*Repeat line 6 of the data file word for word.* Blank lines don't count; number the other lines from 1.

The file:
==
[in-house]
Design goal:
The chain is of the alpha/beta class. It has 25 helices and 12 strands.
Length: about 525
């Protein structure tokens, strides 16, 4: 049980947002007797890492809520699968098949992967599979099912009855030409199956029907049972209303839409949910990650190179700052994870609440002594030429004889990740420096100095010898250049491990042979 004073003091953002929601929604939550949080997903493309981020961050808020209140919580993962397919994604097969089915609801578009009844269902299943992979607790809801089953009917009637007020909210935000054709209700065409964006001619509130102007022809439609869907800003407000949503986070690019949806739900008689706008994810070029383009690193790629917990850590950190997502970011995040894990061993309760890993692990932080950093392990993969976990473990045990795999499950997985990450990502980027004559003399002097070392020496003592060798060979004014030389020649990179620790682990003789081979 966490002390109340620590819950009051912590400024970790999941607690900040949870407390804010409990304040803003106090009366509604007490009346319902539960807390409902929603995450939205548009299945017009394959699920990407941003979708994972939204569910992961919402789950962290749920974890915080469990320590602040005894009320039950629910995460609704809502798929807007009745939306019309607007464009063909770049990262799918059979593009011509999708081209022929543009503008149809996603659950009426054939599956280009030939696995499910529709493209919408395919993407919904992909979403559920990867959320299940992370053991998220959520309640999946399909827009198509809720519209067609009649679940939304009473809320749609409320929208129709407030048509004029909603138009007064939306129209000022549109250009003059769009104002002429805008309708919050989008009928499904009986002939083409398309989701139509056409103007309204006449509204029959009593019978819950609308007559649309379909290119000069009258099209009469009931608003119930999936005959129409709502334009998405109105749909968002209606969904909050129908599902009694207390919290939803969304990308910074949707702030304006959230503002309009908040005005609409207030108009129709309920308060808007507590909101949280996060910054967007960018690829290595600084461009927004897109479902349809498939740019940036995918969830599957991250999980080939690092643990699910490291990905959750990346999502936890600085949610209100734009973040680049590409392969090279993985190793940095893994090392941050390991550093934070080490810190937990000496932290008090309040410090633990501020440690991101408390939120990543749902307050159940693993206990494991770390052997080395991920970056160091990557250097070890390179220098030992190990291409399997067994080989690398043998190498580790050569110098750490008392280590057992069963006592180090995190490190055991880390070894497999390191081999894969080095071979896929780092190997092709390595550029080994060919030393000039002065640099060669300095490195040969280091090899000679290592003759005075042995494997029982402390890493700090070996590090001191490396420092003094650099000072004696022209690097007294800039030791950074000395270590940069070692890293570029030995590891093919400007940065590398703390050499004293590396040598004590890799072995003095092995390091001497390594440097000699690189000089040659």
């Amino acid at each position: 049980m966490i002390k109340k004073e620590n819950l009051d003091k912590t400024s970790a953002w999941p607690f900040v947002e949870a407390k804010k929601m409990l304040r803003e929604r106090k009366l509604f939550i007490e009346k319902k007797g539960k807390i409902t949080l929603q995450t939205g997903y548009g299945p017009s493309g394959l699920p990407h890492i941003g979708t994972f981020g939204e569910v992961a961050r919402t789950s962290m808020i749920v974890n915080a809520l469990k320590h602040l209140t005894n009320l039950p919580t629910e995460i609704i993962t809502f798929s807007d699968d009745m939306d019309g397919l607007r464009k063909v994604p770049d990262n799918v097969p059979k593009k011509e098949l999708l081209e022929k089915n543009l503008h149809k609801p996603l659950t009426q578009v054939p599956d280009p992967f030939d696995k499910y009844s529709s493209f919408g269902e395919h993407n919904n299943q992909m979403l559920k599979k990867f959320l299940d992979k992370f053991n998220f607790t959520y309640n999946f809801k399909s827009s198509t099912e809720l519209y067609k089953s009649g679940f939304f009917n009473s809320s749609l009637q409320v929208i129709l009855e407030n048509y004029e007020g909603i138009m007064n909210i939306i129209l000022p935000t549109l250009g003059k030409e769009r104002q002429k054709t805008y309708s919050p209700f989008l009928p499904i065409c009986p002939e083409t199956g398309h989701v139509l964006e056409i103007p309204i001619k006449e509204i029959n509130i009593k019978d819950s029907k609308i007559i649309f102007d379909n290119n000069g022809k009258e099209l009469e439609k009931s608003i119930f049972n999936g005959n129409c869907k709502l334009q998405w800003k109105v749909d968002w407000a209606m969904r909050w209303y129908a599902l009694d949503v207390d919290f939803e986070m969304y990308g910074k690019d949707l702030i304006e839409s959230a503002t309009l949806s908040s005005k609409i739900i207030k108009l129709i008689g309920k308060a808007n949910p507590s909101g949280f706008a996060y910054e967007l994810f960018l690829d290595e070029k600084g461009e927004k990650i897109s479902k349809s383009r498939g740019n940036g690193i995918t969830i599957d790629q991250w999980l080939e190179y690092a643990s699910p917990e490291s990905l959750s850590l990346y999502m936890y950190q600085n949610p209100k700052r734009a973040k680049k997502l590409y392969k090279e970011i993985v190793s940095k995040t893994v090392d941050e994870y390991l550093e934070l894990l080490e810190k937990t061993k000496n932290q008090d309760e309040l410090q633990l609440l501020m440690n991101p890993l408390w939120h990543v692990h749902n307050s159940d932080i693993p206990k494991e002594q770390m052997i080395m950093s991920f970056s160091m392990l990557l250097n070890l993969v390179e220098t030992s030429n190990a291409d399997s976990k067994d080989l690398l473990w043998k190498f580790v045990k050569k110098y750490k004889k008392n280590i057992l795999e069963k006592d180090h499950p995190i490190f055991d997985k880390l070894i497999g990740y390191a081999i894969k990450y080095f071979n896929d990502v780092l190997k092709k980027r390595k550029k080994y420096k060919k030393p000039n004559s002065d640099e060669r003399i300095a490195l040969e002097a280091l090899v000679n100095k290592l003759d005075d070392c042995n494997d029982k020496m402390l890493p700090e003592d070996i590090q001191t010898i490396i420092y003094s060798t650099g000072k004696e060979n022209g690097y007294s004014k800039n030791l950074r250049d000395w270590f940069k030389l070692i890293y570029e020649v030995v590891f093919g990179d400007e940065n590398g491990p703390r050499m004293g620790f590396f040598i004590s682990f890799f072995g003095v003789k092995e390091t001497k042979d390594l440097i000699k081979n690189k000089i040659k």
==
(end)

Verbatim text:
């Amino acid at each position: 049980m966490i002390k109340k004073e620590n819950l009051d003091k912590t400024s970790a953002w999941p607690f900040v947002e949870a407390k804010k929601m409990l304040r803003e929604r106090k009366l509604f939550i007490e009346k319902k007797g539960k807390i409902t949080l929603q995450t939205g997903y548009g299945p017009s493309g394959l699920p990407h890492i941003g979708t994972f981020g939204e569910v992961a961050r919402t789950s962290m808020i749920v974890n915080a809520l469990k320590h602040l209140t005894n009320l039950p919580t629910e995460i609704i993962t809502f798929s807007d699968d009745m939306d019309g397919l607007r464009k063909v994604p770049d990262n799918v097969p059979k593009k011509e098949l999708l081209e022929k089915n543009l503008h149809k609801p996603l659950t009426q578009v054939p599956d280009p992967f030939d696995k499910y009844s529709s493209f919408g269902e395919h993407n919904n299943q992909m979403l559920k599979k990867f959320l299940d992979k992370f053991n998220f607790t959520y309640n999946f809801k399909s827009s198509t099912e809720l519209y067609k089953s009649g679940f939304f009917n009473s809320s749609l009637q409320v929208i129709l009855e407030n048509y004029e007020g909603i138009m007064n909210i939306i129209l000022p935000t549109l250009g003059k030409e769009r104002q002429k054709t805008y309708s919050p209700f989008l009928p499904i065409c009986p002939e083409t199956g398309h989701v139509l964006e056409i103007p309204i001619k006449e509204i029959n509130i009593k019978d819950s029907k609308i007559i649309f102007d379909n290119n000069g022809k009258e099209l009469e439609k009931s608003i119930f049972n999936g005959n129409c869907k709502l334009q998405w800003k109105v749909d968002w407000a209606m969904r909050w209303y129908a599902l009694d949503v207390d919290f939803e986070m969304y990308g910074k690019d949707l702030i304006e839409s959230a503002t309009l949806s908040s005005k609409i739900i207030k108009l129709i008689g309920k308060a808007n949910p507590s909101g949280f706008a996060y910054e967007l994810f960018l690829d290595e070029k600084g461009e927004k990650i897109s479902k349809s383009r498939g740019n940036g690193i995918t969830i599957d790629q991250w999980l080939e190179y690092a643990s699910p917990e490291s990905l959750s850590l990346y999502m936890y950190q600085n949610p209100k700052r734009a973040k680049k997502l590409y392969k090279e970011i993985v190793s940095k995040t893994v090392d941050e994870y390991l550093e934070l894990l080490e810190k937990t061993k000496n932290q008090d309760e309040l410090q633990l609440l501020m440690n991101p890993l408390w939120h990543v692990h749902n307050s159940d932080i693993p206990k494991e002594q770390m052997i080395m950093s991920f970056s160091m392990l990557l250097n070890l993969v390179e220098t030992s030429n190990a291409d399997s976990k067994d080989l690398l473990w043998k190498f580790v045990k050569k110098y750490k004889k008392n280590i057992l795999e069963k006592d180090h499950p995190i490190f055991d997985k880390l070894i497999g990740y390191a081999i894969k990450y080095f071979n896929d990502v780092l190997k092709k980027r390595k550029k080994y420096k060919k030393p000039n004559s002065d640099e060669r003399i300095a490195l040969e002097a280091l090899v000679n100095k290592l003759d005075d070392c042995n494997d029982k020496m402390l890493p700090e003592d070996i590090q001191t010898i490396i420092y003094s060798t650099g000072k004696e060979n022209g690097y007294s004014k800039n030791l950074r250049d000395w270590f940069k030389l070692i890293y570029e020649v030995v590891f093919g990179d400007e940065n590398g491990p703390r050499m004293g620790f590396f040598i004590s682990f890799f072995g003095v003789k092995e390091t001497k042979d390594l440097i000699k081979n690189k000089i040659k």